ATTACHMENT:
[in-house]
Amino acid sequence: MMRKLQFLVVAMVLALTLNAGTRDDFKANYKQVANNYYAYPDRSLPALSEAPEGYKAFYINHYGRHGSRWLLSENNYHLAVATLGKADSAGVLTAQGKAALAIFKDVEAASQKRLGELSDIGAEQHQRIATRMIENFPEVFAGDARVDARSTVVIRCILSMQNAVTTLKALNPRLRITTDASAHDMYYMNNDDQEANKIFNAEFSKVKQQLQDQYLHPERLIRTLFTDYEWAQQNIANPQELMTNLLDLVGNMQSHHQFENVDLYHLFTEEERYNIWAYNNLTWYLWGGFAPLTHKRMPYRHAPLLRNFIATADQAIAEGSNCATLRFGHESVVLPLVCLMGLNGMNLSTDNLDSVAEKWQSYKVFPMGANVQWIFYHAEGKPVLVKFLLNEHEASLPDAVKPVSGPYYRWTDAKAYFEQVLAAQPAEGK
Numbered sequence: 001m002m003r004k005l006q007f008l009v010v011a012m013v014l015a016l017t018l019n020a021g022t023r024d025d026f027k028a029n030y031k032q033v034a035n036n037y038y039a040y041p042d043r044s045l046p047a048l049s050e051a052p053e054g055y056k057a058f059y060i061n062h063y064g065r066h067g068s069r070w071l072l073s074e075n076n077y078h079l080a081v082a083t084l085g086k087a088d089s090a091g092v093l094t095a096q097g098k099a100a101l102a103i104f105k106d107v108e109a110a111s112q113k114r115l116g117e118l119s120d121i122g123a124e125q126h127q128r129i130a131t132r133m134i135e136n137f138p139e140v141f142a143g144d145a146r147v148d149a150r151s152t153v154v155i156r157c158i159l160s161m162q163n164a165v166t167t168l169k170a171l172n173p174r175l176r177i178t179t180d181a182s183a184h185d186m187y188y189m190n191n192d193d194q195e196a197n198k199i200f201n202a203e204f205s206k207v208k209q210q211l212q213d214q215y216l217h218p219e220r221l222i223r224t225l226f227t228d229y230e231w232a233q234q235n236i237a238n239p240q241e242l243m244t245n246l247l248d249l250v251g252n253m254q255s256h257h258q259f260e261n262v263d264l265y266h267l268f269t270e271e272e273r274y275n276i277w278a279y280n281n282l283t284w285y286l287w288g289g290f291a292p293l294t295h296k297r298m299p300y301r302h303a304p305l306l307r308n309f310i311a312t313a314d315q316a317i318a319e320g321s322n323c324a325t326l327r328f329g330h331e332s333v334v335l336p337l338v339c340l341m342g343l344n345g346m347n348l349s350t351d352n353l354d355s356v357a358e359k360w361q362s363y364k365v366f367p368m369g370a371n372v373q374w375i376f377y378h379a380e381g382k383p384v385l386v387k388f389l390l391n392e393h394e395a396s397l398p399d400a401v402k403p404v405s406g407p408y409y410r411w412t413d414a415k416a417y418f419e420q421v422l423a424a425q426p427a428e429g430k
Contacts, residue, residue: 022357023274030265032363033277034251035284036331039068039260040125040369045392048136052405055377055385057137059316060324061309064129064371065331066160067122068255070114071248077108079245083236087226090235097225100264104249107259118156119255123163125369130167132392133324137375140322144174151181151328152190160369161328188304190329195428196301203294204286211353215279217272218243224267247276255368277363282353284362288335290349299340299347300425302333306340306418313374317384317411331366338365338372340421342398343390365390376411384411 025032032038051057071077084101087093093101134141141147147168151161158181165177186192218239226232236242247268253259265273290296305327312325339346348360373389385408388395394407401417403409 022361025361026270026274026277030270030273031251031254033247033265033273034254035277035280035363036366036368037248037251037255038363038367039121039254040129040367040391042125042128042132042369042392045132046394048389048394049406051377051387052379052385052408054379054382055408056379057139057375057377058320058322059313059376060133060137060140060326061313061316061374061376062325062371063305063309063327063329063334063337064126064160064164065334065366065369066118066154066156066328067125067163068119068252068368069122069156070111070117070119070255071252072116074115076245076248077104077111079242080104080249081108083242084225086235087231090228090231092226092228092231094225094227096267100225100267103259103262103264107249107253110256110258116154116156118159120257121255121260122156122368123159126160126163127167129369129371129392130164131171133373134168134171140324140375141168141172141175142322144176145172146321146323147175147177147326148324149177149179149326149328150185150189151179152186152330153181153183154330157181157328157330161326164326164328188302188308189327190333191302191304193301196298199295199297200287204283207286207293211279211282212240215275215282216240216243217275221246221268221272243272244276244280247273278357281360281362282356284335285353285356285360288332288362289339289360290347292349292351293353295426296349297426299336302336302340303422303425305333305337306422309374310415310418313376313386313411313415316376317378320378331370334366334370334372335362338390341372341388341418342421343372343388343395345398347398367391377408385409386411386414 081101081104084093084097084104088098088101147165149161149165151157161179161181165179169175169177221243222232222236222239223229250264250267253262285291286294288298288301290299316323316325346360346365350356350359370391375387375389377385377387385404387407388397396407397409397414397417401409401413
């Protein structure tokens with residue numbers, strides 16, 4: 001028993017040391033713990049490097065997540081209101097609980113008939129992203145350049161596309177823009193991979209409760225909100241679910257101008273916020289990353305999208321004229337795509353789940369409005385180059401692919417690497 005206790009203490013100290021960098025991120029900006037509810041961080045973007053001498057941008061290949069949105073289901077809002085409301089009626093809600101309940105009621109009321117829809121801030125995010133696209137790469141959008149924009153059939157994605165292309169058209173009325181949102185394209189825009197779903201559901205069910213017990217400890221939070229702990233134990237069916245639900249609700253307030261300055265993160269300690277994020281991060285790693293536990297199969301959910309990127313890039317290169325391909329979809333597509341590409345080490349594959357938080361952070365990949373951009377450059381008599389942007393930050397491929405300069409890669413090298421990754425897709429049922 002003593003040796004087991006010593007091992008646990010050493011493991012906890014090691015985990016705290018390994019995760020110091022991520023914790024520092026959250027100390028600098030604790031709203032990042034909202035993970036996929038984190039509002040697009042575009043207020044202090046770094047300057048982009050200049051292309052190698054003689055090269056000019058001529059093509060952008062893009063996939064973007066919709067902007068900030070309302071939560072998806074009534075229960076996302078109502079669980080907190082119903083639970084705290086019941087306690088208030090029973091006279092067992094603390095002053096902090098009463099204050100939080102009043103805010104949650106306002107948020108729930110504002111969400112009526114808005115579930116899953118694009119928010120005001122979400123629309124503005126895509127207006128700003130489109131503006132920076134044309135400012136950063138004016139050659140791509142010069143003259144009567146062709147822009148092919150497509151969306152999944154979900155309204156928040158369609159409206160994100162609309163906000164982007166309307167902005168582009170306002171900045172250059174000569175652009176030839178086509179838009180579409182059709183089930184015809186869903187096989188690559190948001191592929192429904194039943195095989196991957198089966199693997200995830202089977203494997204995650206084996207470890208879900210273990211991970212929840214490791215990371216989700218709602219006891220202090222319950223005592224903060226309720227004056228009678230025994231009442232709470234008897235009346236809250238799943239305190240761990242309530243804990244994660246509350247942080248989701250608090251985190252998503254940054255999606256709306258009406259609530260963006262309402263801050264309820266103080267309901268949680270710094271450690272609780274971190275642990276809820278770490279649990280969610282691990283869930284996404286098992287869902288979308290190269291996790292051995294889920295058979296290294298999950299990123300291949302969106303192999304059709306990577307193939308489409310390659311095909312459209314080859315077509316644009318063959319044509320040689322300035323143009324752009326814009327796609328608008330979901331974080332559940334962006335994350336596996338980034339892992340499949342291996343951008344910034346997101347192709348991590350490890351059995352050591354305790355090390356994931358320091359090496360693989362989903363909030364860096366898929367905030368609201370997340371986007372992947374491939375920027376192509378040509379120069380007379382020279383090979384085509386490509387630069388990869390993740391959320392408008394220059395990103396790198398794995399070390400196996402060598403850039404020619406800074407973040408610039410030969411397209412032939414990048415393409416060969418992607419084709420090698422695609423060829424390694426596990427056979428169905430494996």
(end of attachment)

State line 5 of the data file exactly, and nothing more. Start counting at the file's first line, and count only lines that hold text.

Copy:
């Protein structure tokens with residue numbers, strides 16, 4: 001028993017040391033713990049490097065997540081209101097609980113008939129992203145350049161596309177823009193991979209409760225909100241679910257101008273916020289990353305999208321004229337795509353789940369409005385180059401692919417690497 005206790009203490013100290021960098025991120029900006037509810041961080045973007053001498057941008061290949069949105073289901077809002085409301089009626093809600101309940105009621109009321117829809121801030125995010133696209137790469141959008149924009153059939157994605165292309169058209173009325181949102185394209189825009197779903201559901205069910213017990217400890221939070229702990233134990237069916245639900249609700253307030261300055265993160269300690277994020281991060285790693293536990297199969301959910309990127313890039317290169325391909329979809333597509341590409345080490349594959357938080361952070365990949373951009377450059381008599389942007393930050397491929405300069409890669413090298421990754425897709429049922 002003593003040796004087991006010593007091992008646990010050493011493991012906890014090691015985990016705290018390994019995760020110091022991520023914790024520092026959250027100390028600098030604790031709203032990042034909202035993970036996929038984190039509002040697009042575009043207020044202090046770094047300057048982009050200049051292309052190698054003689055090269056000019058001529059093509060952008062893009063996939064973007066919709067902007068900030070309302071939560072998806074009534075229960076996302078109502079669980080907190082119903083639970084705290086019941087306690088208030090029973091006279092067992094603390095002053096902090098009463099204050100939080102009043103805010104949650106306002107948020108729930110504002111969400112009526114808005115579930116899953118694009119928010120005001122979400123629309124503005126895509127207006128700003130489109131503006132920076134044309135400012136950063138004016139050659140791509142010069143003259144009567146062709147822009148092919150497509151969306152999944154979900155309204156928040158369609159409206160994100162609309163906000164982007166309307167902005168582009170306002171900045172250059174000569175652009176030839178086509179838009180579409182059709183089930184015809186869903187096989188690559190948001191592929192429904194039943195095989196991957198089966199693997200995830202089977203494997204995650206084996207470890208879900210273990211991970212929840214490791215990371216989700218709602219006891220202090222319950223005592224903060226309720227004056228009678230025994231009442232709470234008897235009346236809250238799943239305190240761990242309530243804990244994660246509350247942080248989701250608090251985190252998503254940054255999606256709306258009406259609530260963006262309402263801050264309820266103080267309901268949680270710094271450690272609780274971190275642990276809820278770490279649990280969610282691990283869930284996404286098992287869902288979308290190269291996790292051995294889920295058979296290294298999950299990123300291949302969106303192999304059709306990577307193939308489409310390659311095909312459209314080859315077509316644009318063959319044509320040689322300035323143009324752009326814009327796609328608008330979901331974080332559940334962006335994350336596996338980034339892992340499949342291996343951008344910034346997101347192709348991590350490890351059995352050591354305790355090390356994931358320091359090496360693989362989903363909030364860096366898929367905030368609201370997340371986007372992947374491939375920027376192509378040509379120069380007379382020279383090979384085509386490509387630069388990869390993740391959320392408008394220059395990103396790198398794995399070390400196996402060598403850039404020619406800074407973040408610039410030969411397209412032939414990048415393409416060969418992607419084709420090698422695609423060829424390694426596990427056979428169905430494996």